Blackneck Garter Snake
Scientific Name: Thamnophis Cyrtopsis Ocellatus
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Eastern Blackneck Garter snake is relatively harmless snake. Thamnophis cyrtopsis ocellatus snakes are found all over the Edwards Plateau. It has three narrow, light colored stripes on its dark colored body. Its spinal stripes are typical of the species with uniform orange and orange-yellow spreading throughout its entire body length. It has smaller dark patches and spots between its lateral and the spinal stripes. It is usually gray on a bluish background. This non-venomous snake survives under adverse climatic conditions and regularly dips in scanty water though it is not aquatic. This snake grows to a full length of 16 inches to 20 inches with the longest ever recorded measuring 43 inches. It is friendly and gets accustomed to a life of captivity. It flattens the head and the front of its body to scare away its predators. Eastern Blackneck Garter feeds on frogs, tadpoles, and toads. The female tends to be longer and larger than the males with the latter being more attractive especially before breeding. After molting, the female becomes shiny with cryptic appearance.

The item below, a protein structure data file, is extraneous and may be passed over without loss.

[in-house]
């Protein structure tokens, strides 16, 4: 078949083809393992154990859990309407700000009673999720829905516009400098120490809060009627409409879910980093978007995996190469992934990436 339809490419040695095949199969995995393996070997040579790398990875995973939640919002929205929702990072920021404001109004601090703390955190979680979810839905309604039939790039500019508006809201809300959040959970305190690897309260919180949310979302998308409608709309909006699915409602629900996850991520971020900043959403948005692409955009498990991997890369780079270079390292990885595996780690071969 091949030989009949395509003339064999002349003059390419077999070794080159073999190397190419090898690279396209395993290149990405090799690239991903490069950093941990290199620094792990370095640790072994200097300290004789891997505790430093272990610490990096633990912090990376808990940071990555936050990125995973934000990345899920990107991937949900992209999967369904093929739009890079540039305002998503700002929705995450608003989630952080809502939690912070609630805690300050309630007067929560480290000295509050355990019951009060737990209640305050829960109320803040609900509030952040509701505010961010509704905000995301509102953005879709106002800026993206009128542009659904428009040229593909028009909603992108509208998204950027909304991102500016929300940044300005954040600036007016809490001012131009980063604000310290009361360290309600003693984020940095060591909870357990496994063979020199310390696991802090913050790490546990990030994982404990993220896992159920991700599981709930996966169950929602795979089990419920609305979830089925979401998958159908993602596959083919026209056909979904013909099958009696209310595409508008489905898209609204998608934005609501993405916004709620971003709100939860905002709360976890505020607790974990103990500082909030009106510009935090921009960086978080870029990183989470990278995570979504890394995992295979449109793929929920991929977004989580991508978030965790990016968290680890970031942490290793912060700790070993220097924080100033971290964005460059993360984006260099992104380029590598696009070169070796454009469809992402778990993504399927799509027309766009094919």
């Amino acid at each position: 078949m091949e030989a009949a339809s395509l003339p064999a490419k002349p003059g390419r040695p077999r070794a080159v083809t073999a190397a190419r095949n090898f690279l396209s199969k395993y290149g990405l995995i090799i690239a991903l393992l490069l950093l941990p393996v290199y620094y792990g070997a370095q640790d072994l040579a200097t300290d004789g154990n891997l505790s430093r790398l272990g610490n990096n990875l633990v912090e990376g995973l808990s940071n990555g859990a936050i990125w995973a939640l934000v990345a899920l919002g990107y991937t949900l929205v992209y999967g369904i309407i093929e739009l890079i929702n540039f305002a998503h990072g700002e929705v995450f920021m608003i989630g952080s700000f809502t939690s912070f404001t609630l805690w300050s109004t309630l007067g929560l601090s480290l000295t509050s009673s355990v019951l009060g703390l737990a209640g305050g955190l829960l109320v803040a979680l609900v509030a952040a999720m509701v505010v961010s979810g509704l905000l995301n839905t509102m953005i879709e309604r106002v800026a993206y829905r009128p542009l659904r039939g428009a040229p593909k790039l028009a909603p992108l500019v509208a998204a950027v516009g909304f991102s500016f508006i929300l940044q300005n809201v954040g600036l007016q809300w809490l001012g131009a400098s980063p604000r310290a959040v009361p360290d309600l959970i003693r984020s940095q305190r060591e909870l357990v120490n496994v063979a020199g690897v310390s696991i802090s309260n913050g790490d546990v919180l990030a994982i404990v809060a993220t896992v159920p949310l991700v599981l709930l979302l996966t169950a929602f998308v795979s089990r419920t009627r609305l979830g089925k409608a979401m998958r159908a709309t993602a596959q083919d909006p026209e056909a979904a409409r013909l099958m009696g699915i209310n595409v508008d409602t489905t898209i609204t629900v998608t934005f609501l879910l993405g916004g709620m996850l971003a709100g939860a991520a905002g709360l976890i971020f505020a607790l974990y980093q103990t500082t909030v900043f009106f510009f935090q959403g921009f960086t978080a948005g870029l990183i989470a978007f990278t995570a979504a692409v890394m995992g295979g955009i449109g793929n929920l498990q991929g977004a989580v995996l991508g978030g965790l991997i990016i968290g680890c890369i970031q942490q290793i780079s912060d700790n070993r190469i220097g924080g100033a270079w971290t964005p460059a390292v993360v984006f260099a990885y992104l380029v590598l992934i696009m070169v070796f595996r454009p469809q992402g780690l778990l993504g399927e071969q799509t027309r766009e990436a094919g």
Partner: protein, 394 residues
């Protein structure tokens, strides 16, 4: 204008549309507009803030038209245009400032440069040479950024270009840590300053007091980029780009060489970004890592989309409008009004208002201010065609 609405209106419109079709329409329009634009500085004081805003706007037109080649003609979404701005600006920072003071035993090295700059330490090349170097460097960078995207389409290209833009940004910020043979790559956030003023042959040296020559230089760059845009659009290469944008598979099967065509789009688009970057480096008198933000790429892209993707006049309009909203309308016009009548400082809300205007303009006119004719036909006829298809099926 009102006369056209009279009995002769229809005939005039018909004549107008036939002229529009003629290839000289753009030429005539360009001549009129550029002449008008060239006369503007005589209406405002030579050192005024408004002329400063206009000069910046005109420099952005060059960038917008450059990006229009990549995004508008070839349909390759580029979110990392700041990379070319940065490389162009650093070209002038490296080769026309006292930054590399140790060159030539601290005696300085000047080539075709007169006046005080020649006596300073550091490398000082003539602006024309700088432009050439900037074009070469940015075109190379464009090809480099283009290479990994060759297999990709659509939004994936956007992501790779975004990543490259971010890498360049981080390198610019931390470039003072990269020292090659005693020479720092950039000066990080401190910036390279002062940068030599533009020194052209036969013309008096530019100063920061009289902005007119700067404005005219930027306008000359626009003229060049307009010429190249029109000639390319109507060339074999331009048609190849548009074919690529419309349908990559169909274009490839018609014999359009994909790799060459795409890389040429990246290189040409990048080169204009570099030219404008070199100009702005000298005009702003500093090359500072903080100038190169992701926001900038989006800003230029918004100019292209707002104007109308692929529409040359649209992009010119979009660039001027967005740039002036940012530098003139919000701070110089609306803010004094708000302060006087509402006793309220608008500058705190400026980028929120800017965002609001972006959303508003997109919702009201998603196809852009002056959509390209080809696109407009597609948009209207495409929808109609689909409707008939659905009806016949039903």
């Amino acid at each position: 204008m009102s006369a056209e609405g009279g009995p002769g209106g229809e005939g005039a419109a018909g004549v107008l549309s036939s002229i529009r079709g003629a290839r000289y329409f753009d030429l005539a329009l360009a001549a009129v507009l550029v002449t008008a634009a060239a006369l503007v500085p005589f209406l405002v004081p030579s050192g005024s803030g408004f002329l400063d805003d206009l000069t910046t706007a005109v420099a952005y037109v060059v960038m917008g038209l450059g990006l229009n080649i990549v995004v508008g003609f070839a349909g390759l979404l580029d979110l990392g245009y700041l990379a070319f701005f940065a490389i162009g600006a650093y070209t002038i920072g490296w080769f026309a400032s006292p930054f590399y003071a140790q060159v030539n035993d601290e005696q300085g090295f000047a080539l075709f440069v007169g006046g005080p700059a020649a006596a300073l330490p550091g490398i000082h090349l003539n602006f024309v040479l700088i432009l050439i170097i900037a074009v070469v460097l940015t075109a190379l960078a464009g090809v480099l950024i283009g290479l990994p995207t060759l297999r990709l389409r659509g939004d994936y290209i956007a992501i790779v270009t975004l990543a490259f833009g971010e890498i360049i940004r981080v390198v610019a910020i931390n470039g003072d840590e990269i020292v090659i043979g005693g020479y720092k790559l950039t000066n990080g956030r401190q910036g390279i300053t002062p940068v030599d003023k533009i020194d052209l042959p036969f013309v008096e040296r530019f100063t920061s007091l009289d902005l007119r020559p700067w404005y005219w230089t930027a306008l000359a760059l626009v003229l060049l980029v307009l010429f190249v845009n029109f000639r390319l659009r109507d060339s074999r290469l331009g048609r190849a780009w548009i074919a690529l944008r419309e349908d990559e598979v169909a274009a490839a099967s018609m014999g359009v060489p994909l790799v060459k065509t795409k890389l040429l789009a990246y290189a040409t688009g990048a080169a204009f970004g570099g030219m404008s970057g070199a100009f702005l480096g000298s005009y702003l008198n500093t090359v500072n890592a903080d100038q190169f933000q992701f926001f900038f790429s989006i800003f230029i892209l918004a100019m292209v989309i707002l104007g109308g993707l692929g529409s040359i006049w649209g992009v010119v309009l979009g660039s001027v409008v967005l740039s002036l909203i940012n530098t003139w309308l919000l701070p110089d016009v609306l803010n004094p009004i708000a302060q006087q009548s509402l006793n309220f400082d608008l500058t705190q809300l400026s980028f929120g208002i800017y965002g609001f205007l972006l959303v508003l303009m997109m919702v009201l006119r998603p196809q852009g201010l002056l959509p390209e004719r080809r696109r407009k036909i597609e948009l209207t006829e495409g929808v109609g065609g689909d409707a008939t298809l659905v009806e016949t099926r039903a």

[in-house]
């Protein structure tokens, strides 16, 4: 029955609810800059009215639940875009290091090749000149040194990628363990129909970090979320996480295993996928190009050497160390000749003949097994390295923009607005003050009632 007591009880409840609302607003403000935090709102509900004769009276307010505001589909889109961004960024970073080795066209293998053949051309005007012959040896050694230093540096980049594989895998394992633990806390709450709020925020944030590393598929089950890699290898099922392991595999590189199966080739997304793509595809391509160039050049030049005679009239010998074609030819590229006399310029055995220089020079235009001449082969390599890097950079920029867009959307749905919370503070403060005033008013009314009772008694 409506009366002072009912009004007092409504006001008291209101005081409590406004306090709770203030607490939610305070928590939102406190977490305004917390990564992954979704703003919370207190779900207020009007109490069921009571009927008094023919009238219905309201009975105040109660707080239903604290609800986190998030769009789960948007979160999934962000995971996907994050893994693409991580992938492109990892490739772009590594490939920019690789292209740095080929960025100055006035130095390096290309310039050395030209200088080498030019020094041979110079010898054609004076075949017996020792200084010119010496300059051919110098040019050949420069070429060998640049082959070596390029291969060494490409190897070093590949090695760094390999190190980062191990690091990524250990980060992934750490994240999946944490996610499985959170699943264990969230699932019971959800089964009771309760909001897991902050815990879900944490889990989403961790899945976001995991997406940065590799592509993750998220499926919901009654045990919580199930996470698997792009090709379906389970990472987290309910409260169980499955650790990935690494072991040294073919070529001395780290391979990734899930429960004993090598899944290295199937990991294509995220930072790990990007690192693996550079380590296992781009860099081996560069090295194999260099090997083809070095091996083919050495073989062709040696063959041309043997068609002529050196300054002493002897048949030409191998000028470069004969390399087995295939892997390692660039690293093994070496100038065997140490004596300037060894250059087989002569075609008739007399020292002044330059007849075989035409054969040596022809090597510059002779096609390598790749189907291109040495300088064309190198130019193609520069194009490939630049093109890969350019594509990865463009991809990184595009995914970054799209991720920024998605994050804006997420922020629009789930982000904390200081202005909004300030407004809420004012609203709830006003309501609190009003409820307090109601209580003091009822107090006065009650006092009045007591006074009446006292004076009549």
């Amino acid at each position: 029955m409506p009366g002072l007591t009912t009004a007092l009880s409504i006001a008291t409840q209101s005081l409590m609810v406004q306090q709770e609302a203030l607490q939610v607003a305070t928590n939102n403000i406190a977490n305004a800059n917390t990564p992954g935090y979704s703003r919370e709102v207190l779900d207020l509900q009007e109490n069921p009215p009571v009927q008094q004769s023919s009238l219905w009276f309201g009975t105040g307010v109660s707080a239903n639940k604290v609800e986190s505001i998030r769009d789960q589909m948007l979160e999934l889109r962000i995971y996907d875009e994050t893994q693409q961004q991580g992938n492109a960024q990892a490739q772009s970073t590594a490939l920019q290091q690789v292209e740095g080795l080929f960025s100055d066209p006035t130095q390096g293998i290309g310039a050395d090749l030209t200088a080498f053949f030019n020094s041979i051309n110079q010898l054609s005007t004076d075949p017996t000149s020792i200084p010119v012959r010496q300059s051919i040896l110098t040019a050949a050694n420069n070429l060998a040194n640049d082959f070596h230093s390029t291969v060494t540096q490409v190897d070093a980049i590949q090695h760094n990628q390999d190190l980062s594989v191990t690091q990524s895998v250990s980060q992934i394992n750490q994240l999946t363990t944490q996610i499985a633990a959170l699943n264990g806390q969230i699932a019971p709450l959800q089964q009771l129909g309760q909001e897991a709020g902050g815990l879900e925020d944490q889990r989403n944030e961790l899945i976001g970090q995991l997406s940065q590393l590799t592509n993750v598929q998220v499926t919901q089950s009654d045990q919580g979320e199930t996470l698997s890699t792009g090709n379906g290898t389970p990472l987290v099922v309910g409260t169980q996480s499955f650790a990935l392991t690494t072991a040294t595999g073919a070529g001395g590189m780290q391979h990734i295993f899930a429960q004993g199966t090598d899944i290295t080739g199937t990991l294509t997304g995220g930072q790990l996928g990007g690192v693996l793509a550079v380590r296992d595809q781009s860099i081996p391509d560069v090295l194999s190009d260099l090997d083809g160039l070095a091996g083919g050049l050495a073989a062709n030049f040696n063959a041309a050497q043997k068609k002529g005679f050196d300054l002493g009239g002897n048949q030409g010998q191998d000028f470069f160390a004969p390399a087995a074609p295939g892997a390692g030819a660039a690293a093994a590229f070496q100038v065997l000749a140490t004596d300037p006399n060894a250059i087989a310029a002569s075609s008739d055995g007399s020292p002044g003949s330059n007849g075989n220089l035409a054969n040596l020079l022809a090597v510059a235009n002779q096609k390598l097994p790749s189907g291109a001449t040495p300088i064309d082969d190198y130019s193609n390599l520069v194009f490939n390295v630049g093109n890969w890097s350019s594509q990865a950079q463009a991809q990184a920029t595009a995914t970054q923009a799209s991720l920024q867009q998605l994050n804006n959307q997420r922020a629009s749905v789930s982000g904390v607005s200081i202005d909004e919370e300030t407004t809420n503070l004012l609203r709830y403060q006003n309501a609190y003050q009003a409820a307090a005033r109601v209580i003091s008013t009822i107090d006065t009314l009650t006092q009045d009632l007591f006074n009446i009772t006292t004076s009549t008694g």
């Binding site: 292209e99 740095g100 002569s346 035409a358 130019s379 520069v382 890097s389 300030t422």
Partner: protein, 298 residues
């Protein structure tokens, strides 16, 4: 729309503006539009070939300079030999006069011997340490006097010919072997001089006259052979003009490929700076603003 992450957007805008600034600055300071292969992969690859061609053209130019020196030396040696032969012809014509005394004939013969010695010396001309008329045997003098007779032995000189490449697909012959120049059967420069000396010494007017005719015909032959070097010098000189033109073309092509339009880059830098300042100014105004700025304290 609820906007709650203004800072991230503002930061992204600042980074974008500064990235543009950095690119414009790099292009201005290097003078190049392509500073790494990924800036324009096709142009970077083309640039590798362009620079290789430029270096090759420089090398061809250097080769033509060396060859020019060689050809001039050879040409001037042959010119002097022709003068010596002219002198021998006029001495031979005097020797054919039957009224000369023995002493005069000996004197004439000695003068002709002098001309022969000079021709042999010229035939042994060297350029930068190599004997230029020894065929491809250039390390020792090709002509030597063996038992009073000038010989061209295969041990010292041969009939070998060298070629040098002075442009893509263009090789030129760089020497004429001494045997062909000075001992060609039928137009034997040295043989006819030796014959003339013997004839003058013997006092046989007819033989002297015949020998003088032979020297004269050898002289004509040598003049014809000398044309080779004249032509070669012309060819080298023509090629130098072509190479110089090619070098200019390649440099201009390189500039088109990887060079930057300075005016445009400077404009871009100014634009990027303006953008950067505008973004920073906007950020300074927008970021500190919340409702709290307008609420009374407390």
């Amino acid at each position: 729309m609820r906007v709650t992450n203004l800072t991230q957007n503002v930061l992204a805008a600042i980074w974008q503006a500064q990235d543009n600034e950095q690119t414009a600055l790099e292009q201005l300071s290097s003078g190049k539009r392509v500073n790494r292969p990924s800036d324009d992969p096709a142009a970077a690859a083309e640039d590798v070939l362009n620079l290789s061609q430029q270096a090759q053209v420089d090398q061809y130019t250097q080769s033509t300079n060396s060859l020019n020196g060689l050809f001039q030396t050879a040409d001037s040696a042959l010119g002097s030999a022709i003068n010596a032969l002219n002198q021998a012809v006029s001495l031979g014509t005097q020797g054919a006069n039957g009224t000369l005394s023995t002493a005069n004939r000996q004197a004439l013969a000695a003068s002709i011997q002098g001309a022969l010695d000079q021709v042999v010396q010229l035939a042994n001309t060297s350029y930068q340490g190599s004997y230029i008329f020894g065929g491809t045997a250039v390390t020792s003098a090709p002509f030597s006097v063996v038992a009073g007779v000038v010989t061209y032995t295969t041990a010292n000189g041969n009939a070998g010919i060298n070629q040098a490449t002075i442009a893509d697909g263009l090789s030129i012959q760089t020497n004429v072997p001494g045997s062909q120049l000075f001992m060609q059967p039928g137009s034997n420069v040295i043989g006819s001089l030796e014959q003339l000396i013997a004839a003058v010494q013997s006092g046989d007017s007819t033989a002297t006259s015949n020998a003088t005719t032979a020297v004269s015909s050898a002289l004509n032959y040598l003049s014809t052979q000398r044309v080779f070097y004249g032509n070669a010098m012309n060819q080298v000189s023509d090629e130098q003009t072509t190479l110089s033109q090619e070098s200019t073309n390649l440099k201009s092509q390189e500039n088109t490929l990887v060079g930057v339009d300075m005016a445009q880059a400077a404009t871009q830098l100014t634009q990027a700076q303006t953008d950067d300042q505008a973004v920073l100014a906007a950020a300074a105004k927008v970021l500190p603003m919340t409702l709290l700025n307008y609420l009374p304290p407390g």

Eastern Blackneck Garter Snakes Are Beautiful Creatures
Facts About Eastern Blackneck Garter Snakes
The snake is mainly found in the regions of New Mexico, Mexico, Arizona, and Texas.
This species prefers fairly dry and rocky habitats with a stable water supply. It leaves in hillsides with fissures and rocky surfaces but roams out into creek bottoms during dry summers.
An Eastern Blackneck Garter snake strikes when disturbed then coils, releases a musky-scented smell to scare off its predators, and readily takes instant flight. They hide in dark spots and emerge occasionally to bask in the sun.
The breeding period of the Eastern Blackneck Garter snake takes place from the month of April to May. Later in June, the female give birth to juveniles numbering between 7 and 25 measuring about 7 inches to 11 inches.
Eastern Blackneck Garter adapts well in captivity if the vital its needs are sufficient.